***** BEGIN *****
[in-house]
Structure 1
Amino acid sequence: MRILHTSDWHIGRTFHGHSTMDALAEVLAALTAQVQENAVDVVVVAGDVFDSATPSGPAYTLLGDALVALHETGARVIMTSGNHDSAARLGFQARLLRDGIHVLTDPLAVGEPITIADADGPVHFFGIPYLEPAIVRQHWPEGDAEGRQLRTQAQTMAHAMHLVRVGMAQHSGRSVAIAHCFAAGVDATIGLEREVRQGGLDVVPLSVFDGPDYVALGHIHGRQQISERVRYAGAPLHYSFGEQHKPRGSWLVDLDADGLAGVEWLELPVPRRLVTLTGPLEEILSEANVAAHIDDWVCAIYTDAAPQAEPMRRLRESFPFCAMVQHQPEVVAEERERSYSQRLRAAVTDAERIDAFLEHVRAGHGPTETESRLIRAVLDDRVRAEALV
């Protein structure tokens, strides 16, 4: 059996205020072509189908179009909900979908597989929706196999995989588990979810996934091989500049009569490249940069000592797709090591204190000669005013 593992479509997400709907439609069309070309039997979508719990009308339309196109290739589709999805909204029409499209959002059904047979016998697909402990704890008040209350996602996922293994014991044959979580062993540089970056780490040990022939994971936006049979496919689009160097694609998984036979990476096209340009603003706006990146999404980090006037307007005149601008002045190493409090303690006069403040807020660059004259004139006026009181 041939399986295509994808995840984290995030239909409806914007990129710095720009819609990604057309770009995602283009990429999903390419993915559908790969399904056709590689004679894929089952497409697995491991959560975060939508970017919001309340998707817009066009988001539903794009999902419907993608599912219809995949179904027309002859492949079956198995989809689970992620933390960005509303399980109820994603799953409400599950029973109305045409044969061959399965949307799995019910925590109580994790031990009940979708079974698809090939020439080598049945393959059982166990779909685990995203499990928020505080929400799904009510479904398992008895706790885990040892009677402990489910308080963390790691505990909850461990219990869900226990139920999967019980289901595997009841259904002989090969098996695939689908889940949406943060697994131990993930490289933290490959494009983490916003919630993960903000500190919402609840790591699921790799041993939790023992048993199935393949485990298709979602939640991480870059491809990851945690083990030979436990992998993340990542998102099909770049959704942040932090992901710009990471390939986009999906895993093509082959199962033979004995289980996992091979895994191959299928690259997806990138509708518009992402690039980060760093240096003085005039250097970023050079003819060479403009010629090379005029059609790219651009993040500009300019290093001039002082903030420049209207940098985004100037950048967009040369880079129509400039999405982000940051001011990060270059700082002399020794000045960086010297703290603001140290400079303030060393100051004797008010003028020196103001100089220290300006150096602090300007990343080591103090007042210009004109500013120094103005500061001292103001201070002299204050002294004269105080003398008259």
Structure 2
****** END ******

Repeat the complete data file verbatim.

[in-house]
Structure 1
Amino acid sequence: MRILHTSDWHIGRTFHGHSTMDALAEVLAALTAQVQENAVDVVVVAGDVFDSATPSGPAYTLLGDALVALHETGARVIMTSGNHDSAARLGFQARLLRDGIHVLTDPLAVGEPITIADADGPVHFFGIPYLEPAIVRQHWPEGDAEGRQLRTQAQTMAHAMHLVRVGMAQHSGRSVAIAHCFAAGVDATIGLEREVRQGGLDVVPLSVFDGPDYVALGHIHGRQQISERVRYAGAPLHYSFGEQHKPRGSWLVDLDADGLAGVEWLELPVPRRLVTLTGPLEEILSEANVAAHIDDWVCAIYTDAAPQAEPMRRLRESFPFCAMVQHQPEVVAEERERSYSQRLRAAVTDAERIDAFLEHVRAGHGPTETESRLIRAVLDDRVRAEALV
């Protein structure tokens, strides 16, 4: 059996205020072509189908179009909900979908597989929706196999995989588990979810996934091989500049009569490249940069000592797709090591204190000669005013 593992479509997400709907439609069309070309039997979508719990009308339309196109290739589709999805909204029409499209959002059904047979016998697909402990704890008040209350996602996922293994014991044959979580062993540089970056780490040990022939994971936006049979496919689009160097694609998984036979990476096209340009603003706006990146999404980090006037307007005149601008002045190493409090303690006069403040807020660059004259004139006026009181 041939399986295509994808995840984290995030239909409806914007990129710095720009819609990604057309770009995602283009990429999903390419993915559908790969399904056709590689004679894929089952497409697995491991959560975060939508970017919001309340998707817009066009988001539903794009999902419907993608599912219809995949179904027309002859492949079956198995989809689970992620933390960005509303399980109820994603799953409400599950029973109305045409044969061959399965949307799995019910925590109580994790031990009940979708079974698809090939020439080598049945393959059982166990779909685990995203499990928020505080929400799904009510479904398992008895706790885990040892009677402990489910308080963390790691505990909850461990219990869900226990139920999967019980289901595997009841259904002989090969098996695939689908889940949406943060697994131990993930490289933290490959494009983490916003919630993960903000500190919402609840790591699921790799041993939790023992048993199935393949485990298709979602939640991480870059491809990851945690083990030979436990992998993340990542998102099909770049959704942040932090992901710009990471390939986009999906895993093509082959199962033979004995289980996992091979895994191959299928690259997806990138509708518009992402690039980060760093240096003085005039250097970023050079003819060479403009010629090379005029059609790219651009993040500009300019290093001039002082903030420049209207940098985004100037950048967009040369880079129509400039999405982000940051001011990060270059700082002399020794000045960086010297703290603001140290400079303030060393100051004797008010003028020196103001100089220290300006150096602090300007990343080591103090007042210009004109500013120094103005500061001292103001201070002299204050002294004269105080003398008259």
Structure 2